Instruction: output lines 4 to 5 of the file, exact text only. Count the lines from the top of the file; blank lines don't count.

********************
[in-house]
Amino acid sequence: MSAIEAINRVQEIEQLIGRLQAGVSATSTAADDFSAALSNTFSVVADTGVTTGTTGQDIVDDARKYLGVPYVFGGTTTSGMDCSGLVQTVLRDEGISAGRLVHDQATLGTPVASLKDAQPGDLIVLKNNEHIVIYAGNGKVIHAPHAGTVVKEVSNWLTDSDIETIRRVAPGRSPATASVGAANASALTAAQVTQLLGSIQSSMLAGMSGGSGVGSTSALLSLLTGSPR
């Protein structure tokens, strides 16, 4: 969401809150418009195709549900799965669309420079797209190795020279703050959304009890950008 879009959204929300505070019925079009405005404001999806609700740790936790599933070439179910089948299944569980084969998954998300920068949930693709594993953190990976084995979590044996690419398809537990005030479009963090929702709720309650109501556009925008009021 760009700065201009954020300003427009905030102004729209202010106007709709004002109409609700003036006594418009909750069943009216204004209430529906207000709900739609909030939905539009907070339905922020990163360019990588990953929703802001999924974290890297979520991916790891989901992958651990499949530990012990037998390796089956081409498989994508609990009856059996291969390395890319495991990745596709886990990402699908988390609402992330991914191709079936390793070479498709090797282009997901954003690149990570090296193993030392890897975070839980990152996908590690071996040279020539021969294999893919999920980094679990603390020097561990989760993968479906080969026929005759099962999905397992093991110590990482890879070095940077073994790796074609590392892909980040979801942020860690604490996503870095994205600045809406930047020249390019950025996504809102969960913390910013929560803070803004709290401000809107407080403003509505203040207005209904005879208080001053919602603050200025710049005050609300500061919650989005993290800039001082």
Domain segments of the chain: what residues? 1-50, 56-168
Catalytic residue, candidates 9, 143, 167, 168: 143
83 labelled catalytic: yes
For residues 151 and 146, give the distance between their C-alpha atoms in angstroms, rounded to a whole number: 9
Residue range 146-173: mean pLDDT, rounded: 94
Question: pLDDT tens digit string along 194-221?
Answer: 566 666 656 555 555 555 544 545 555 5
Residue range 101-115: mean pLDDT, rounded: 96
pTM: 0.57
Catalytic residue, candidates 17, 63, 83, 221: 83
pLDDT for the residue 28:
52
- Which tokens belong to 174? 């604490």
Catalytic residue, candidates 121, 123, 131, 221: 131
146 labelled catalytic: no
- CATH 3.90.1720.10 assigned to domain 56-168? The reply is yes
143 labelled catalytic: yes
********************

Domain segments of the chain: what residues? 1-50, 56-168
Catalytic residue, candidates 9, 143, 167, 168: 143